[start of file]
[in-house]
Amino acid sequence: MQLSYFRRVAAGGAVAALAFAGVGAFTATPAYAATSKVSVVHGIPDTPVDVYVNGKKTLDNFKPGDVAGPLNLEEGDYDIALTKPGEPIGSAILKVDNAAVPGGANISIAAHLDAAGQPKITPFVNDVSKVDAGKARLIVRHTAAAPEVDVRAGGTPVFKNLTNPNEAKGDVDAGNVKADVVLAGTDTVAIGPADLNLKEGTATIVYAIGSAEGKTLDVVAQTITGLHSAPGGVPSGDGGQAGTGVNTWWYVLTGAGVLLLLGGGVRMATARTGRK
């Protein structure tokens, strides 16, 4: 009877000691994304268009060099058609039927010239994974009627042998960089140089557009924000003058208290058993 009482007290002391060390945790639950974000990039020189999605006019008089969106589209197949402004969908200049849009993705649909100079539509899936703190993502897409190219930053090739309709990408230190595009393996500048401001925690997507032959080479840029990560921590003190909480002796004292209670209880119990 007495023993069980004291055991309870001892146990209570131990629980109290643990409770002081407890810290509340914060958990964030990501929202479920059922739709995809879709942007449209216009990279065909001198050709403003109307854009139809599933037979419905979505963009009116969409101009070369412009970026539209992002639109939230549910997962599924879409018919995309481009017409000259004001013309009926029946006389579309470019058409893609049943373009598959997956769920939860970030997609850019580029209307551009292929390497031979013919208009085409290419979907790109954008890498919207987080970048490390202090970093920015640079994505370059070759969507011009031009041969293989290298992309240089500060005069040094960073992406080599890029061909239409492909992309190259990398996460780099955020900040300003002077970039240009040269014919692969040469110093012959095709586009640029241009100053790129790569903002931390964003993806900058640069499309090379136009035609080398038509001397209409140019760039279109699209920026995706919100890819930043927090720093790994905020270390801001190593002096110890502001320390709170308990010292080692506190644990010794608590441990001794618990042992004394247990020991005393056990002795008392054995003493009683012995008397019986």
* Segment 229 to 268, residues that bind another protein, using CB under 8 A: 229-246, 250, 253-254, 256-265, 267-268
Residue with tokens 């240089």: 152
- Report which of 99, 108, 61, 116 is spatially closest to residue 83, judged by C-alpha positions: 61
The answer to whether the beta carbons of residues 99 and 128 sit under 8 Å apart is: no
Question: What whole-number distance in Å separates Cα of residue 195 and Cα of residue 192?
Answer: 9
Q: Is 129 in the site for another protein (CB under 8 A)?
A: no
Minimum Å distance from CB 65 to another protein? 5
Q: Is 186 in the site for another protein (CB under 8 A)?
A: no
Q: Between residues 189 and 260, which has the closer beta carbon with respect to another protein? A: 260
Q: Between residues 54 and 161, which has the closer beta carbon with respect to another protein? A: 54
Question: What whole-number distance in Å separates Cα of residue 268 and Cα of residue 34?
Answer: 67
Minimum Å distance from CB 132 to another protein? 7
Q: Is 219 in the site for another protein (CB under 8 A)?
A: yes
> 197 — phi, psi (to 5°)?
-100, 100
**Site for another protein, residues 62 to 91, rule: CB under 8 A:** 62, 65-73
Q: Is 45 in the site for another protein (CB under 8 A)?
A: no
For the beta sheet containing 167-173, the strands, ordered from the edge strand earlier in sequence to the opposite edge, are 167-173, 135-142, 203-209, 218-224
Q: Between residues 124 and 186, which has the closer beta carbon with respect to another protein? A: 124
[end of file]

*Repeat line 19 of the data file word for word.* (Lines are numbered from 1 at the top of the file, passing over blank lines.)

Minimum Å distance from CB 132 to another protein? 7